“Revolymer has demonstrated its polymer portfolio in the fast-moving consumer goods market and benefits from potentially significant opportunities,” said Clare Beddoes, project manager at Cambridge Consultants. “Demonstrating the business case of innovative solutions in niche markets to potential investors can be challenging, and we are well positioned to add value to the proposition of exciting new ventures such as this.
When I read the press release I was at once unimpressed by the ‘first world problem’ nature of the product, as well as the rather silly tone and lack of depth and focus on the real issues in the release. In fact, my first impression was ‘great, hygroscopic gum … now instead of dried gum stuck everywhere we will have goopy blobs everywhere!’
But then I checked out Rev7.com, and a couple of ‘how does it work’ pages and felt a bit better. Sure it remains a first world problem – but I revert to my earlier question- if you could choose something that works the same but has more functional attributes … wouldn’t you at least TRY it?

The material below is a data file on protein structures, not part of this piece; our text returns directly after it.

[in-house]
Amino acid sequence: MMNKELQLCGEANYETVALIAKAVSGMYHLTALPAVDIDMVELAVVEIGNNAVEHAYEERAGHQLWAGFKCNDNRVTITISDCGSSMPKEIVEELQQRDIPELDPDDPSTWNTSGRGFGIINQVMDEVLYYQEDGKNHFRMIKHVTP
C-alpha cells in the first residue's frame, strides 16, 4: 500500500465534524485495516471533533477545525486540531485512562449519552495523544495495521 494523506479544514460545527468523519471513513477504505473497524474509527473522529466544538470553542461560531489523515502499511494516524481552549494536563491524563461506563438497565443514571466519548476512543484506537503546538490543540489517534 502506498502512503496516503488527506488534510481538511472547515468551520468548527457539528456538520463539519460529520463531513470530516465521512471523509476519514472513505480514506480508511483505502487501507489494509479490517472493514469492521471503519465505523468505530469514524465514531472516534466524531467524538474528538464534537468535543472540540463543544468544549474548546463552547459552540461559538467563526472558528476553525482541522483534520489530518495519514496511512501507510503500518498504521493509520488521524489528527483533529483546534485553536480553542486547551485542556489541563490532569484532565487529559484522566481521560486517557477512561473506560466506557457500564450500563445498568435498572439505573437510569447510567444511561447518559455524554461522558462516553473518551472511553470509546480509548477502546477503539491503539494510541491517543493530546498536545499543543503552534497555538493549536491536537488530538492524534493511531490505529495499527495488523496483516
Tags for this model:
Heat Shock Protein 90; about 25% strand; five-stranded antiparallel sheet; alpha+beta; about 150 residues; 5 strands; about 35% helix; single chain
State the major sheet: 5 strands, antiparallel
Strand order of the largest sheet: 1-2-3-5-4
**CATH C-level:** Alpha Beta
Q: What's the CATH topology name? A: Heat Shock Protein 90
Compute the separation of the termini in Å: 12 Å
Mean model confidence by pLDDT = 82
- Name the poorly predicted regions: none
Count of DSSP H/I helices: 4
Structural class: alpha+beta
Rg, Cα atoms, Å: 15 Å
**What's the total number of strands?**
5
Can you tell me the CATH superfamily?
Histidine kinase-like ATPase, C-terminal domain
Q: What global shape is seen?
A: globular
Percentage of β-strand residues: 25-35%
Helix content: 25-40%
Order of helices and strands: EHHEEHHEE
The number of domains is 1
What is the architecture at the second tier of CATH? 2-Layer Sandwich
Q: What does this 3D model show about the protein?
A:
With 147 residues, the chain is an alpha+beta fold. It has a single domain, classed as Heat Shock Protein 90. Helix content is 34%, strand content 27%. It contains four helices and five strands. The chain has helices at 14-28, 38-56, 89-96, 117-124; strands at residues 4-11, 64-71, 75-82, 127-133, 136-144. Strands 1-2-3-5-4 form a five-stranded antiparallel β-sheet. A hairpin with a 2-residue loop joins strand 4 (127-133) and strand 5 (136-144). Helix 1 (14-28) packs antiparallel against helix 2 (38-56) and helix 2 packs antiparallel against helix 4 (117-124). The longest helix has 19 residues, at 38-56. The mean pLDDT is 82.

Aside from the core requirements of being a satisfying chewing gum – something that needed to be addressed for nicotine and caffiene gums – the two main functional design elements were removability and degradability. Rather than simply being hygroscopic to keep in moisture, Rev7 is ‘Amphiphilic’, meaning that it has polymer elements that both attract (hygroscopic) and repel water (hydrophilic). This gives it unique physical properties that make it much easier to clean without simply remaining a goopy mess for a while.